Year Three: The Evolution of This Queer Parent

queer parenting

This weekend we transitioned our daughter out of her crib and into a toddler bed. Ok, so I realize it’s not the most monumental act, and yet, it felt like the end of era. My baby girl is growing up. In less than a month she’ll be three years old. It is true- what every parent with a grown child says- it goes by so fast, too fast. I feel like I want to hold onto her perfect, unscathed body and beg it to slow down. I want to savor her childhood a bit longer (well, most days anyhow).

With her birthday rounding the corner it also provides a marker to reflect on where I’m at as a parent. A friend told me yesterday that her mother-in-law (who is a psychologist) told her that by most accounts people find that it takes about three years to find your legs as a parent. That sounds about right to me. Even though I feel more competent as a parent with each passing day (and also simultaneously acutely aware that I don’t know what the hell I’m doing in many moments), I also am realizing that who I thought I would be as a parent only slightly matches who I actually am. It’s not as bad as it sounds. What I mean is that I really couldn’t have seen it coming- how much being a parent would alter my life and identity.

Take this example: I have a very clear memory of being out with a good friend just weeks before our daughter was born. We were watching live music at a local performance venue and sitting in a low futon sofa with beers cradled in our hands when an acquaintance-friend said to me, “you know once you’re a parent you’re NEVER going out, right? Every parent I know never goes out any more.” I was offended and unnerved by her exaggerated, bold statement. For God’s sake, we were having a child, something my spouse and I chose to do and worked hard to make happen as a queer couple, it was not a death sentence. And yet months later I begrudgingly admitted to myself that I had changed in that regard- I wasn’t going out very often anymore. I suddenly understood why most parents I know who are on Facebook post beaming status updates every time they go out on a date with their partner. It is downright news worthy in their parental world. HOLD THE PHONE- we had an actual romantic dinner together (ok, maybe not altogether romantic, but it was just us anyway) complete with cocktails (YES PEOPLE, COCKTAILS!) and dessert and we stayed out until 9 pm! NINE PM!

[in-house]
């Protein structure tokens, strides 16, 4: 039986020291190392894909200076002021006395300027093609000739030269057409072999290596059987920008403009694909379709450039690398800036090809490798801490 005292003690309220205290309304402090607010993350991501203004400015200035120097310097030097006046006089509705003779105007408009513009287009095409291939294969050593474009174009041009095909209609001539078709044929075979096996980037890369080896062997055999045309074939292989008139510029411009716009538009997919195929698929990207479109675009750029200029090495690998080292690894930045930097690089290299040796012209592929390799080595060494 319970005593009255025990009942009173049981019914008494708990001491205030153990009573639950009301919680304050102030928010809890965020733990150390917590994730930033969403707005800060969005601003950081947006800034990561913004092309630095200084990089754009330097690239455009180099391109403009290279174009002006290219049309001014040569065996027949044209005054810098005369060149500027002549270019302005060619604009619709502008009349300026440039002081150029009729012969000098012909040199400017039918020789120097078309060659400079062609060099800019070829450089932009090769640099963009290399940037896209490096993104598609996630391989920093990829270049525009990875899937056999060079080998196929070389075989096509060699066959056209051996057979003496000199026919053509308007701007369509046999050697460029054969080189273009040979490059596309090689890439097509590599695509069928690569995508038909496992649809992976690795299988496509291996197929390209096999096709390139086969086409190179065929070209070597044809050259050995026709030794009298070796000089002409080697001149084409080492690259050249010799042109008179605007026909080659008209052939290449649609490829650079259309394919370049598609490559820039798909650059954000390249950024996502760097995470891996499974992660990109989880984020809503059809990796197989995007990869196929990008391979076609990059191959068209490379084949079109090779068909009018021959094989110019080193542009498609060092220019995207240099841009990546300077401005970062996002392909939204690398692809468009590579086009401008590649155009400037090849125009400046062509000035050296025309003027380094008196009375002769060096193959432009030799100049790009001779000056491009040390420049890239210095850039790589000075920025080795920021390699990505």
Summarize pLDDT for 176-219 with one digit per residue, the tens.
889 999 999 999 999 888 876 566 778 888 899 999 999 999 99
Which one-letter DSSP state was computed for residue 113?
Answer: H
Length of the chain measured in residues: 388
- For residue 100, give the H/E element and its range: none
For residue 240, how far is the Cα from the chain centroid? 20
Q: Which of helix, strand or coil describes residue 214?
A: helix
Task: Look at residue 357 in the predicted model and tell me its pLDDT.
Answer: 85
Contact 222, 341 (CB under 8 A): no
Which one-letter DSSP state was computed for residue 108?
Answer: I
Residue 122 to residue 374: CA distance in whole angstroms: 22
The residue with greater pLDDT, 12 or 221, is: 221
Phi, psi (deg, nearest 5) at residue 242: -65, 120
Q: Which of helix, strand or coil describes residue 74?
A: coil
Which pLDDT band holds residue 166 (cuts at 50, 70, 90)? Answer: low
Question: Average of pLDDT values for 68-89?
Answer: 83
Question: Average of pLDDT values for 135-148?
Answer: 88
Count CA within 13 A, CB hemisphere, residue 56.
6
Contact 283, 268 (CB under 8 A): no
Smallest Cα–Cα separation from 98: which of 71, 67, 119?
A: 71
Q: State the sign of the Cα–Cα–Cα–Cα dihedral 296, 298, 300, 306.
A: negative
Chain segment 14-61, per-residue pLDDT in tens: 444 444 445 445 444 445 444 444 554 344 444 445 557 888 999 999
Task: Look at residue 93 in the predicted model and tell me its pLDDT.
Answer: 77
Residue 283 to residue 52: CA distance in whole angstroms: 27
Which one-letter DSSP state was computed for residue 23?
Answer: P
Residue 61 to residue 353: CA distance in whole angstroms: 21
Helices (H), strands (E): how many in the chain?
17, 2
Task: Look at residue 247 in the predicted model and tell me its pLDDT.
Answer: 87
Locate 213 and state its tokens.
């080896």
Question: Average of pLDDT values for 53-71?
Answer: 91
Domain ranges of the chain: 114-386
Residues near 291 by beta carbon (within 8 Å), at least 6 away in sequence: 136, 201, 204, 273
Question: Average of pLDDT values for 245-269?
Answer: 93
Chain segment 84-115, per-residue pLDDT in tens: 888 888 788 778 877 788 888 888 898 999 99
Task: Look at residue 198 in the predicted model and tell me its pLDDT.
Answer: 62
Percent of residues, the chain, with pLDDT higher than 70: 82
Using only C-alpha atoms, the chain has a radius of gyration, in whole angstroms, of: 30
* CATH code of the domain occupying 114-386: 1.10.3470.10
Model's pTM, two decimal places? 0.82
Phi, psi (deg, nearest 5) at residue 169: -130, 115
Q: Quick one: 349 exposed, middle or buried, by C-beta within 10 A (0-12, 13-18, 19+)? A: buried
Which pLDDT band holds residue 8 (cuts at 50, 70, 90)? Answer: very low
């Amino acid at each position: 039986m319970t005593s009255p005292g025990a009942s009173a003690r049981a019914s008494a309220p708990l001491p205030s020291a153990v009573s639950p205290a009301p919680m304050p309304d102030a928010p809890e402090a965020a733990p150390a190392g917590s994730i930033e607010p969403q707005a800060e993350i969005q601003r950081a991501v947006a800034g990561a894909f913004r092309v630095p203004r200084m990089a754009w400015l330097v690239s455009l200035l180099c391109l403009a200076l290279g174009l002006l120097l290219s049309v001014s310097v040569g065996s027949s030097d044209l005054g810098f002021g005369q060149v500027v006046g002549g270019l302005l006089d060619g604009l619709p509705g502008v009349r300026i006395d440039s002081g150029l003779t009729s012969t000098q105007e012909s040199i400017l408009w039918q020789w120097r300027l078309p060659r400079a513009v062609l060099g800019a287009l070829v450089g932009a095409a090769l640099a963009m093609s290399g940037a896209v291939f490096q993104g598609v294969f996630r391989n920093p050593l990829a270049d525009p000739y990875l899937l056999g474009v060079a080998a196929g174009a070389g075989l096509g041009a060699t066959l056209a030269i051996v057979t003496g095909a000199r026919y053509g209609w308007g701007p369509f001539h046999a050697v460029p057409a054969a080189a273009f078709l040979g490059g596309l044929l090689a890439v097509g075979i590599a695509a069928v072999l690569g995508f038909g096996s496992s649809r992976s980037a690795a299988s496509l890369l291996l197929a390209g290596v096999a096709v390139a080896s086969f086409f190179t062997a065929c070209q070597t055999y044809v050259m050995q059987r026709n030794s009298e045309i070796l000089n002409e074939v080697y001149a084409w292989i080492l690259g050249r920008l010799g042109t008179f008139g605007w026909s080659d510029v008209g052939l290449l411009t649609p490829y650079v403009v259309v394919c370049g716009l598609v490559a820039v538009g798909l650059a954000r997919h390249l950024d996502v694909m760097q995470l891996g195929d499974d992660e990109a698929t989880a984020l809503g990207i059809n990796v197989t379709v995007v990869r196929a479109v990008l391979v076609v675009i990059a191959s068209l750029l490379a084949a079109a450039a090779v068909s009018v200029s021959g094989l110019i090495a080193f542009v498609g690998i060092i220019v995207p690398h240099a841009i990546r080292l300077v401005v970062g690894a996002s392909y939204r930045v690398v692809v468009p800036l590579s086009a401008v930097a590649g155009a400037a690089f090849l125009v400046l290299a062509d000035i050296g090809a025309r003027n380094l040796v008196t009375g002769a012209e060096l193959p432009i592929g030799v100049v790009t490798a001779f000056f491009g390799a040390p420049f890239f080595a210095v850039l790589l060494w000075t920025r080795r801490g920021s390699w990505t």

Yes, we go out here and there, but many more nights we don’t because we are either: a) exhausted, b) don’t have child care, c) don’t have money to go out because much of our spending money we had is suddenly being eaten alive by a massive daycare bill or d) frankly, the idea of having to get it together to leave the house is far less appealing than cozying up to our Netflix account. And yet here’s the weird kicker that might seem counter to our behavior: I bet most parents, especially in those early years, are longing for connection with others. My spouse, daughter and I made it out one night for a family style dinner and then an early evening show featuring a friend from out of town who was performing music. It was so great to run into old friends I hadn’t seen much in the past few years, but I also felt like I had nothing to say. Come again? You want to connect with people but you can’t hold a conversation? Ok, sometimes I can, but whether it’s lack of sleep, a slight deficit in intellectual functioning since having a kid, or that my life has just become much more simplistic (and also incredibly sweet, I’m being full-frontal here)… whatever the case, I find it much harder these days to respond to the question, “So what have you been up to?” Somehow I imagine I’m not alone in this.